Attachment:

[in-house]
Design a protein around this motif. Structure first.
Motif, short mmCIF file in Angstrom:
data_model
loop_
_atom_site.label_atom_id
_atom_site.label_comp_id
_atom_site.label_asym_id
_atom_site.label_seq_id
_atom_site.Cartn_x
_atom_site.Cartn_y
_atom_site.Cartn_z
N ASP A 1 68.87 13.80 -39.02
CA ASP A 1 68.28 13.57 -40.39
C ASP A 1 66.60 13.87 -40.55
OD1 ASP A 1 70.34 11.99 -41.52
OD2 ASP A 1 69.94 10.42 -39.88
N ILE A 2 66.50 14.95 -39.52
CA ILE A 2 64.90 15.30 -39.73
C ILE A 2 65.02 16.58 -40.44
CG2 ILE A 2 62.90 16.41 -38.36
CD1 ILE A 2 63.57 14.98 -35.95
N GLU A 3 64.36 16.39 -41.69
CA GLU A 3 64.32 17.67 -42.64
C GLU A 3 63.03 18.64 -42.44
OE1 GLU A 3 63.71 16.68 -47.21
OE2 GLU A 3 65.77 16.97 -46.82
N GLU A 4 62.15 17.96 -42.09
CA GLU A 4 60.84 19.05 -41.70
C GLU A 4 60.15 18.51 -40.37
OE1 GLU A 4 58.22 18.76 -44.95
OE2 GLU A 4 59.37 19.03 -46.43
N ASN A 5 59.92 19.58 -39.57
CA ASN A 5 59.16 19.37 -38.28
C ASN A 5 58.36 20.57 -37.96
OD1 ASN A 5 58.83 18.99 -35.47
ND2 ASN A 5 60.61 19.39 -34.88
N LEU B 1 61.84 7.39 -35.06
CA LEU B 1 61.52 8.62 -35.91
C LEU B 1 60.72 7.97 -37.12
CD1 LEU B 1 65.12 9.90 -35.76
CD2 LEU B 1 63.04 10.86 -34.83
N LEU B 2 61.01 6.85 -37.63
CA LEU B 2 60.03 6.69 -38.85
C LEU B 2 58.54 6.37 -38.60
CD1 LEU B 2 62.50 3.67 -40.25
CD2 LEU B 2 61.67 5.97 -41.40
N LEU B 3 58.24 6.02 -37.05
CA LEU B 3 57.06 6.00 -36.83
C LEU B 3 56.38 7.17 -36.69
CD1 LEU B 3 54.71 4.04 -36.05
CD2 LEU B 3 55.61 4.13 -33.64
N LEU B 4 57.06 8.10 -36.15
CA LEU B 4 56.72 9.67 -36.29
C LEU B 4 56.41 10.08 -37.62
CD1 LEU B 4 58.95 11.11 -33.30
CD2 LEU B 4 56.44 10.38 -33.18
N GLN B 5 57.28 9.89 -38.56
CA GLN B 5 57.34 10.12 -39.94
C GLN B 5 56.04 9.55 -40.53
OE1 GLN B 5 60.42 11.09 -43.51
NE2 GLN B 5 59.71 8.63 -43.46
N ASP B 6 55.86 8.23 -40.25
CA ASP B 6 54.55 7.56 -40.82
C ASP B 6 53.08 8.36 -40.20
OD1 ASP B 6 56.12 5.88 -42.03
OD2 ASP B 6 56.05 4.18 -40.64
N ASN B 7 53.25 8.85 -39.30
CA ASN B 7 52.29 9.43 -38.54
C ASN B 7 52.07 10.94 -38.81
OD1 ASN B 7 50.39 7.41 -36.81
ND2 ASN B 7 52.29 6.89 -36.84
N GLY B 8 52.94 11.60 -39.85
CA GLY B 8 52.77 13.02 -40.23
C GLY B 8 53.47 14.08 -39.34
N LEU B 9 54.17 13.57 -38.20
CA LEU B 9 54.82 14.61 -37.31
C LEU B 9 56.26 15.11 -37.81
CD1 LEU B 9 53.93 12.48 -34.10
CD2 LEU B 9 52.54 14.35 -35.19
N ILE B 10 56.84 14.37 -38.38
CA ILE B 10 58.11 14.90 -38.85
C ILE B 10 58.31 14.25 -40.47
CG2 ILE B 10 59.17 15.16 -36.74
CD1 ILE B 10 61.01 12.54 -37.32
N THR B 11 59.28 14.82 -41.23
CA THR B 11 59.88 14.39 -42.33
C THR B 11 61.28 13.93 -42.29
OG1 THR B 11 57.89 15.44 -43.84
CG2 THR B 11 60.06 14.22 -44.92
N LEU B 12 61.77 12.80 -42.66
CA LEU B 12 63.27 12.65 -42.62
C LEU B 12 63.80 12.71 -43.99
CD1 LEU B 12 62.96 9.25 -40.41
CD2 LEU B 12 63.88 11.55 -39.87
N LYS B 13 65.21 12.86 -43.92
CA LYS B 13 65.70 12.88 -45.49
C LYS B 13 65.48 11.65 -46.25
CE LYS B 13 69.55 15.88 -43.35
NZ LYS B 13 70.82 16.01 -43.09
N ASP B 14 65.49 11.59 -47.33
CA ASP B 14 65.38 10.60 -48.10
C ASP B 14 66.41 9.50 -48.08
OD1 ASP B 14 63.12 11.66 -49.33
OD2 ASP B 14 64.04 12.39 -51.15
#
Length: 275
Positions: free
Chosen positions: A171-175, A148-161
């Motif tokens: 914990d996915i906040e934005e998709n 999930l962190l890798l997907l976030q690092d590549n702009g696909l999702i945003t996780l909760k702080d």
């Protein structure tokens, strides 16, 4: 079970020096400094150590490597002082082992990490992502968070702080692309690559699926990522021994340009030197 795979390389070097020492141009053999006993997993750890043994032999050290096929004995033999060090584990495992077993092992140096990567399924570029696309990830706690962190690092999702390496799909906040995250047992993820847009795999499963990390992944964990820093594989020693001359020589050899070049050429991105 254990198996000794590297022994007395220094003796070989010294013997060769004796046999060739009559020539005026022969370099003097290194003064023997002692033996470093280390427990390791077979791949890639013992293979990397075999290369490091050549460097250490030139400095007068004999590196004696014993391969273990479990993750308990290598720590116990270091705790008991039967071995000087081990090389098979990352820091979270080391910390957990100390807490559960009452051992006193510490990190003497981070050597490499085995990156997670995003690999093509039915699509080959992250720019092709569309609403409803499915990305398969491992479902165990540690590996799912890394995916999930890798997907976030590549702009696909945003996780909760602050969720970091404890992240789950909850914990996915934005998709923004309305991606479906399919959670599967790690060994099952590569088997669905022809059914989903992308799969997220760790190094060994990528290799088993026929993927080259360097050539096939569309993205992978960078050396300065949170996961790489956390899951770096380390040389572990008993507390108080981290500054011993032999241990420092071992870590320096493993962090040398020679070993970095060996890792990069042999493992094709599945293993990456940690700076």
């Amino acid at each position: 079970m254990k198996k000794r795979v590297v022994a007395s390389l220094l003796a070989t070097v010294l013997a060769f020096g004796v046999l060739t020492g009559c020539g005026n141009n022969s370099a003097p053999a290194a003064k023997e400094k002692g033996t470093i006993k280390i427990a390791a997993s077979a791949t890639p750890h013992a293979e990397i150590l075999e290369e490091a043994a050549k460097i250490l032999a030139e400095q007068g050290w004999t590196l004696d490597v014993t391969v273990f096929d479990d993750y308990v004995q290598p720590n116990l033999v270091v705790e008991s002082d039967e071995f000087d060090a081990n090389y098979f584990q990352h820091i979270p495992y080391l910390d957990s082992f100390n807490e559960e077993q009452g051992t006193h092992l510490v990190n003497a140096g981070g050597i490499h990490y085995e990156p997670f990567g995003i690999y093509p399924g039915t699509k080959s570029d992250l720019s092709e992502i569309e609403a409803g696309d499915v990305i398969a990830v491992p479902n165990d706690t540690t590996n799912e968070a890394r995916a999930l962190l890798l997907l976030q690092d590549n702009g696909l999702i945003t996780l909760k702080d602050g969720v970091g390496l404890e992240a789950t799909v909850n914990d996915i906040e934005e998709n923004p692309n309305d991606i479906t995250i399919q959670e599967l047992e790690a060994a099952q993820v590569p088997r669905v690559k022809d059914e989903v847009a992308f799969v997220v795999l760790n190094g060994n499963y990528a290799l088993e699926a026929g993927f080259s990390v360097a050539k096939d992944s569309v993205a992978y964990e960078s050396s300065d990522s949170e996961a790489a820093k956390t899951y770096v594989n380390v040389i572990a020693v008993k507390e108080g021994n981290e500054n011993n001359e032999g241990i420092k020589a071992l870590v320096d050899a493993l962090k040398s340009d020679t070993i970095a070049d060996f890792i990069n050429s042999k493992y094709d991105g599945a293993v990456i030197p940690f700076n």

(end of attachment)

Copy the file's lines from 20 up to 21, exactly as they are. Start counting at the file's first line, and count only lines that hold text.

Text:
C ILE A 2 65.02 16.58 -40.44
CG2 ILE A 2 62.90 16.41 -38.36